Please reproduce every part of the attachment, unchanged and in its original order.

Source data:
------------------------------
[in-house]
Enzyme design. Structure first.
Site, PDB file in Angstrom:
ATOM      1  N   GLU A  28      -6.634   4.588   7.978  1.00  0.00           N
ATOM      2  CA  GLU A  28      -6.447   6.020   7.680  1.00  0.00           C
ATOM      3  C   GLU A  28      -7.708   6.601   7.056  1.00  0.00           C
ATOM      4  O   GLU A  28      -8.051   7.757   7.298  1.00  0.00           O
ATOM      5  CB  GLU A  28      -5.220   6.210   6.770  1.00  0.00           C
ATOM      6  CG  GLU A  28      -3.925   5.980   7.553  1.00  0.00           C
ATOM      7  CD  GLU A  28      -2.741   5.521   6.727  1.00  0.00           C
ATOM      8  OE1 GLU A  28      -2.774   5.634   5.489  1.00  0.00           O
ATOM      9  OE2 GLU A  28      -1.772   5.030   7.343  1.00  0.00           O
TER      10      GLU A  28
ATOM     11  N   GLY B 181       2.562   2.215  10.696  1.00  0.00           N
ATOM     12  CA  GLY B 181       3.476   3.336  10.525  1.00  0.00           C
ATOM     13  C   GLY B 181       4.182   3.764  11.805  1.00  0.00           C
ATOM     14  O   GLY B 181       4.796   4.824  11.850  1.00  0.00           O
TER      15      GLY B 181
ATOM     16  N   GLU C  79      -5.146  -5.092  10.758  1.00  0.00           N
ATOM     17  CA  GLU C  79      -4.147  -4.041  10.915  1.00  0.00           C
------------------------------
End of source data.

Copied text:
[in-house]
Enzyme design. Structure first.
Site, PDB file in Angstrom:
ATOM      1  N   GLU A  28      -6.634   4.588   7.978  1.00  0.00           N
ATOM      2  CA  GLU A  28      -6.447   6.020   7.680  1.00  0.00           C
ATOM      3  C   GLU A  28      -7.708   6.601   7.056  1.00  0.00           C
ATOM      4  O   GLU A  28      -8.051   7.757   7.298  1.00  0.00           O
ATOM      5  CB  GLU A  28      -5.220   6.210   6.770  1.00  0.00           C
ATOM      6  CG  GLU A  28      -3.925   5.980   7.553  1.00  0.00           C
ATOM      7  CD  GLU A  28      -2.741   5.521   6.727  1.00  0.00           C
ATOM      8  OE1 GLU A  28      -2.774   5.634   5.489  1.00  0.00           O
ATOM      9  OE2 GLU A  28      -1.772   5.030   7.343  1.00  0.00           O
TER      10      GLU A  28
ATOM     11  N   GLY B 181       2.562   2.215  10.696  1.00  0.00           N
ATOM     12  CA  GLY B 181       3.476   3.336  10.525  1.00  0.00           C
ATOM     13  C   GLY B 181       4.182   3.764  11.805  1.00  0.00           C
ATOM     14  O   GLY B 181       4.796   4.824  11.850  1.00  0.00           O
TER      15      GLY B 181
ATOM     16  N   GLU C  79      -5.146  -5.092  10.758  1.00  0.00           N
ATOM     17  CA  GLU C  79      -4.147  -4.041  10.915  1.00  0.00           C